1 MILLION pounds of Food on 3 acres. 10,000 fish and 500 yards of compost!

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posted on Jul, 13 2011 @ 10:04 PM
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What the hell ? I thought this was Craigs list.


Snf OP

Excellent.




posted on Jul, 14 2011 @ 01:17 AM
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i would love to learn how to do that!



posted on Jul, 14 2011 @ 02:29 AM
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Yet 99.99% of people who see this and go "Thats great" will do nothing in their own yard because everyone is too lazy or they have no yard anyway. It also takes a full day so you'd have no job, but you'd earn of what you sell, but is it enough from someones backyard.

So my question is. WHO is going to do this that is actually makes a difference in the world? Answer - too few.



posted on Jul, 14 2011 @ 02:36 AM
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reply to post by TV_Nation
 


Seen this before Yeah this is awesome thanks for posting S&F! This can be done by anyone on small scale. I posted a thread on it a few weeks ago. i would be cool to do backyard one and then go around you neighborhood and teach folks how to do it. www.abovetopsecret.com...

WE need to make a change for sure. I just posted a thread on our tainted food supply also that compliments this thread: www.abovetopsecret.com...

I was so intrigued with aquaponics I have been researching it for weeks.

edit on 14-7-2011 by hawkiye because: (no reason given)



posted on Jul, 14 2011 @ 04:41 AM
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S and F. All day I have been wracking my brain trying to think of where I could put another shed in the yard and how I could afford it. I live in Arizona, so I do not think I need a greenhouse. It is already triple digit temps here. Even if you do not sell your fish and produce, you will be making organic, healthy food for your family and cutting down your food bills at the same time. I seriously have to think about this and try to raise money to get it done.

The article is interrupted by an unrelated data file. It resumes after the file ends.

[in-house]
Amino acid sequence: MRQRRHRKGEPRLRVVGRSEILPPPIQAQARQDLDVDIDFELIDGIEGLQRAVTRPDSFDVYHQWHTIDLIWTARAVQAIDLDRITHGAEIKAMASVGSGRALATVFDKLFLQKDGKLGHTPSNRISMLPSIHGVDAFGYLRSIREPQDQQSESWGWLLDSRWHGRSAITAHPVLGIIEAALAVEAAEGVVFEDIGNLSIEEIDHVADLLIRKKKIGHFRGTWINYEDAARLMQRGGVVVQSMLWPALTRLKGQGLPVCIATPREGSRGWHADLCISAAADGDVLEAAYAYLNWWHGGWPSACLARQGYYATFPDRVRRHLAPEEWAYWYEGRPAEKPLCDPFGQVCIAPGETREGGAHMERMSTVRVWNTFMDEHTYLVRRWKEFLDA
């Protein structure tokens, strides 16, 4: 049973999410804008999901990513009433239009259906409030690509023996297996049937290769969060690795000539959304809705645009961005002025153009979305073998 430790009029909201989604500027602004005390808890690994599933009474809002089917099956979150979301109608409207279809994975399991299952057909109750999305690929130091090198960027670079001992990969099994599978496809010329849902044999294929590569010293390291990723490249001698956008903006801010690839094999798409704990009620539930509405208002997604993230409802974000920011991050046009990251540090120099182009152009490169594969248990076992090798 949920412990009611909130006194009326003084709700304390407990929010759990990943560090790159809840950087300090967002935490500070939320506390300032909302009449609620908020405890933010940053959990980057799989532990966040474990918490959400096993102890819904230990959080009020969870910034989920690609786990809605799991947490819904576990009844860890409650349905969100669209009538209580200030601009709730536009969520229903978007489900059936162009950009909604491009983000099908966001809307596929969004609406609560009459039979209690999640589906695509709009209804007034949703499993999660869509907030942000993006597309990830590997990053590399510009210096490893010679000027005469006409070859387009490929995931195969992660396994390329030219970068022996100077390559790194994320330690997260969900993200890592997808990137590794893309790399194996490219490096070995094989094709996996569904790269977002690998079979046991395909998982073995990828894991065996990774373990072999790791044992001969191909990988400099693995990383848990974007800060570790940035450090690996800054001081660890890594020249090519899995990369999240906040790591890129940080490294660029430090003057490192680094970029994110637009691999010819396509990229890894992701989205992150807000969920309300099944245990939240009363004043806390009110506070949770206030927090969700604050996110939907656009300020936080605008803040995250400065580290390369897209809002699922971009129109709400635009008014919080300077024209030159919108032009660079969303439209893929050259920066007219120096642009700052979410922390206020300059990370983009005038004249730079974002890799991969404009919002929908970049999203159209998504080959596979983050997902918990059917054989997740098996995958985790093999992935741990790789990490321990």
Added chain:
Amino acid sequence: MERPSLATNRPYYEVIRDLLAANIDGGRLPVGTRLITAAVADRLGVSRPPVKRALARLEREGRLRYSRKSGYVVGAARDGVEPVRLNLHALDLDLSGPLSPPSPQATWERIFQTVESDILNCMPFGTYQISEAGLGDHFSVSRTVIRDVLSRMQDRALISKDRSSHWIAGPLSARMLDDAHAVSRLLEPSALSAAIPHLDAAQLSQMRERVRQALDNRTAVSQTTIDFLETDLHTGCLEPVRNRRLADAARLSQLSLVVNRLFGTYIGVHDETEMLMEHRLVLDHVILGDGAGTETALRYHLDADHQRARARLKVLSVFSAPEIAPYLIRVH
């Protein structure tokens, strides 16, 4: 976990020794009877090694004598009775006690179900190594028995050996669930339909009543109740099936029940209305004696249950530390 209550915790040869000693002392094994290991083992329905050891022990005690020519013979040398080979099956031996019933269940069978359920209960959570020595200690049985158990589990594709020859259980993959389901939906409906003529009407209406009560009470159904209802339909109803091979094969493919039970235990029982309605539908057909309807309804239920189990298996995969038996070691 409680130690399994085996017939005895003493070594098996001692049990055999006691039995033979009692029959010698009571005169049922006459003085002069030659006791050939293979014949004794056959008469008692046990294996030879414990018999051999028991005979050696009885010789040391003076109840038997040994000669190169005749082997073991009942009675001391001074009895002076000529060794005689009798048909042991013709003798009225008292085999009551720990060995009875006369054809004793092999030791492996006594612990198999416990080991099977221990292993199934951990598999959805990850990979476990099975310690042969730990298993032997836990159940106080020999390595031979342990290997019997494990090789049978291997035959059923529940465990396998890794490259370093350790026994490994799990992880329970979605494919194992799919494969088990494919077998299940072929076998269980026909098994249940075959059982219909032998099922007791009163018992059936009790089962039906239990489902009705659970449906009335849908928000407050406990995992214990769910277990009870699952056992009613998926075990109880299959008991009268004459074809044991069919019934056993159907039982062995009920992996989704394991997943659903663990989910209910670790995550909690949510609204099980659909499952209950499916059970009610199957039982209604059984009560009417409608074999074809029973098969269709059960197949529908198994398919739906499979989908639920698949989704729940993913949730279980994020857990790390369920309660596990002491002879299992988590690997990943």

posted on Jul, 14 2011 @ 05:22 AM
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We've got some acreage, and my husband has already started planning this out. He found out about this a while ago. As long as my children don't name the talapia, we're good to go.



posted on Jul, 14 2011 @ 06:40 AM
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reply to post by hawkiye
 


I have been looking into this since reading your earlier Aquaponics thread . Im so glad the subject has been revived with this new one.

I would like to set this up in one of the two greenhouses I have, and have sourced some of the equipment I need very cheaply. My biggest hurdle is how to give my plants enough light over the dull winter months here in England. Grow lights are an option, but I dont really want a rise in my electricity bills - anyone got any ideas?